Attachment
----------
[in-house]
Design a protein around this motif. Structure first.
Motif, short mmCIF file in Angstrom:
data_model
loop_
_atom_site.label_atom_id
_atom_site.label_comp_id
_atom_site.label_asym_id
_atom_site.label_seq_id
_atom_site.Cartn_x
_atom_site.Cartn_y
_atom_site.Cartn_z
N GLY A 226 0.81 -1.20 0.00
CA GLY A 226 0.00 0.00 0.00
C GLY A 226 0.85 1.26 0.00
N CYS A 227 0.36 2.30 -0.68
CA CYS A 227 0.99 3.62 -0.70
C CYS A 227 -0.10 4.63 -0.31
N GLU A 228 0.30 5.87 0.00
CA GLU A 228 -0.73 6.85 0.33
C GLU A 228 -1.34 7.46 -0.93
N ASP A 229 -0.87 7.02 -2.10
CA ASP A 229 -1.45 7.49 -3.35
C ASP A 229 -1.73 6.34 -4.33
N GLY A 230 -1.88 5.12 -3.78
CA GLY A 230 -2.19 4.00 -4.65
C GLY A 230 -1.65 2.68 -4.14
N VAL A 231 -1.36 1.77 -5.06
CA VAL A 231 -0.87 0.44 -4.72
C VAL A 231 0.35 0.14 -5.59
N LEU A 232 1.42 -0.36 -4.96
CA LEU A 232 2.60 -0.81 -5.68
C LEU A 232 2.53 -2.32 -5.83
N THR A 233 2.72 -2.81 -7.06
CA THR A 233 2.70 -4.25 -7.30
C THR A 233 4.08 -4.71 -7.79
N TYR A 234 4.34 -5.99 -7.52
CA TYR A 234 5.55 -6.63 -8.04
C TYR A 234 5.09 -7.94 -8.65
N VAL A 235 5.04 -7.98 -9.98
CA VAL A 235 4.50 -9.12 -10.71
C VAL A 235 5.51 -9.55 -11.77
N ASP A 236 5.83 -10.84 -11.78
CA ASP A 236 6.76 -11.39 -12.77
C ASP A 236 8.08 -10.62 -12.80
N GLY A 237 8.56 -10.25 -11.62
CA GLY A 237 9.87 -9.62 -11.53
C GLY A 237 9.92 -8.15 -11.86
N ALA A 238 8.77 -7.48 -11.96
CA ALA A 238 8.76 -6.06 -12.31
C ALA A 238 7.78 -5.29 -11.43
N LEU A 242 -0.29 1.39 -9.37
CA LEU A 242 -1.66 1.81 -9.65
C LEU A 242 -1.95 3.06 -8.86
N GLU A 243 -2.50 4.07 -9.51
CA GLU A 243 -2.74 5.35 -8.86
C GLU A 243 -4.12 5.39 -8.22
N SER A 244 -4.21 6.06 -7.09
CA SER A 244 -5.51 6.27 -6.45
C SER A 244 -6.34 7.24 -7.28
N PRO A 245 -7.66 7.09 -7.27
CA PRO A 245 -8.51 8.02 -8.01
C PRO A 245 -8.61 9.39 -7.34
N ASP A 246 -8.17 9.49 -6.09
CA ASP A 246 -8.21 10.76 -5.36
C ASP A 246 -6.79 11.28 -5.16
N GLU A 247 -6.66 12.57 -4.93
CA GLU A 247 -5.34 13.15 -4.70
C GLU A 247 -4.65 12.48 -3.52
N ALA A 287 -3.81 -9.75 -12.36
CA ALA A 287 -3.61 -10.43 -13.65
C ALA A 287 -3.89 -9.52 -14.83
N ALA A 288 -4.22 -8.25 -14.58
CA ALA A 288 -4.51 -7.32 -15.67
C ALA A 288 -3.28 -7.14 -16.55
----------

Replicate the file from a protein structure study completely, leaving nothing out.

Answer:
[in-house]
Design a protein around this motif. Structure first.
Motif, short mmCIF file in Angstrom:
data_model
loop_
_atom_site.label_atom_id
_atom_site.label_comp_id
_atom_site.label_asym_id
_atom_site.label_seq_id
_atom_site.Cartn_x
_atom_site.Cartn_y
_atom_site.Cartn_z
N GLY A 226 0.81 -1.20 0.00
CA GLY A 226 0.00 0.00 0.00
C GLY A 226 0.85 1.26 0.00
N CYS A 227 0.36 2.30 -0.68
CA CYS A 227 0.99 3.62 -0.70
C CYS A 227 -0.10 4.63 -0.31
N GLU A 228 0.30 5.87 0.00
CA GLU A 228 -0.73 6.85 0.33
C GLU A 228 -1.34 7.46 -0.93
N ASP A 229 -0.87 7.02 -2.10
CA ASP A 229 -1.45 7.49 -3.35
C ASP A 229 -1.73 6.34 -4.33
N GLY A 230 -1.88 5.12 -3.78
CA GLY A 230 -2.19 4.00 -4.65
C GLY A 230 -1.65 2.68 -4.14
N VAL A 231 -1.36 1.77 -5.06
CA VAL A 231 -0.87 0.44 -4.72
C VAL A 231 0.35 0.14 -5.59
N LEU A 232 1.42 -0.36 -4.96
CA LEU A 232 2.60 -0.81 -5.68
C LEU A 232 2.53 -2.32 -5.83
N THR A 233 2.72 -2.81 -7.06
CA THR A 233 2.70 -4.25 -7.30
C THR A 233 4.08 -4.71 -7.79
N TYR A 234 4.34 -5.99 -7.52
CA TYR A 234 5.55 -6.63 -8.04
C TYR A 234 5.09 -7.94 -8.65
N VAL A 235 5.04 -7.98 -9.98
CA VAL A 235 4.50 -9.12 -10.71
C VAL A 235 5.51 -9.55 -11.77
N ASP A 236 5.83 -10.84 -11.78
CA ASP A 236 6.76 -11.39 -12.77
C ASP A 236 8.08 -10.62 -12.80
N GLY A 237 8.56 -10.25 -11.62
CA GLY A 237 9.87 -9.62 -11.53
C GLY A 237 9.92 -8.15 -11.86
N ALA A 238 8.77 -7.48 -11.96
CA ALA A 238 8.76 -6.06 -12.31
C ALA A 238 7.78 -5.29 -11.43
N LEU A 242 -0.29 1.39 -9.37
CA LEU A 242 -1.66 1.81 -9.65
C LEU A 242 -1.95 3.06 -8.86
N GLU A 243 -2.50 4.07 -9.51
CA GLU A 243 -2.74 5.35 -8.86
C GLU A 243 -4.12 5.39 -8.22
N SER A 244 -4.21 6.06 -7.09
CA SER A 244 -5.51 6.27 -6.45
C SER A 244 -6.34 7.24 -7.28
N PRO A 245 -7.66 7.09 -7.27
CA PRO A 245 -8.51 8.02 -8.01
C PRO A 245 -8.61 9.39 -7.34
N ASP A 246 -8.17 9.49 -6.09
CA ASP A 246 -8.21 10.76 -5.36
C ASP A 246 -6.79 11.28 -5.16
N GLU A 247 -6.66 12.57 -4.93
CA GLU A 247 -5.34 13.15 -4.70
C GLU A 247 -4.65 12.48 -3.52
N ALA A 287 -3.81 -9.75 -12.36
CA ALA A 287 -3.61 -10.43 -13.65
C ALA A 287 -3.89 -9.52 -14.83
N ALA A 288 -4.22 -8.25 -14.58
CA ALA A 288 -4.51 -7.32 -15.67
C ALA A 288 -3.28 -7.14 -16.55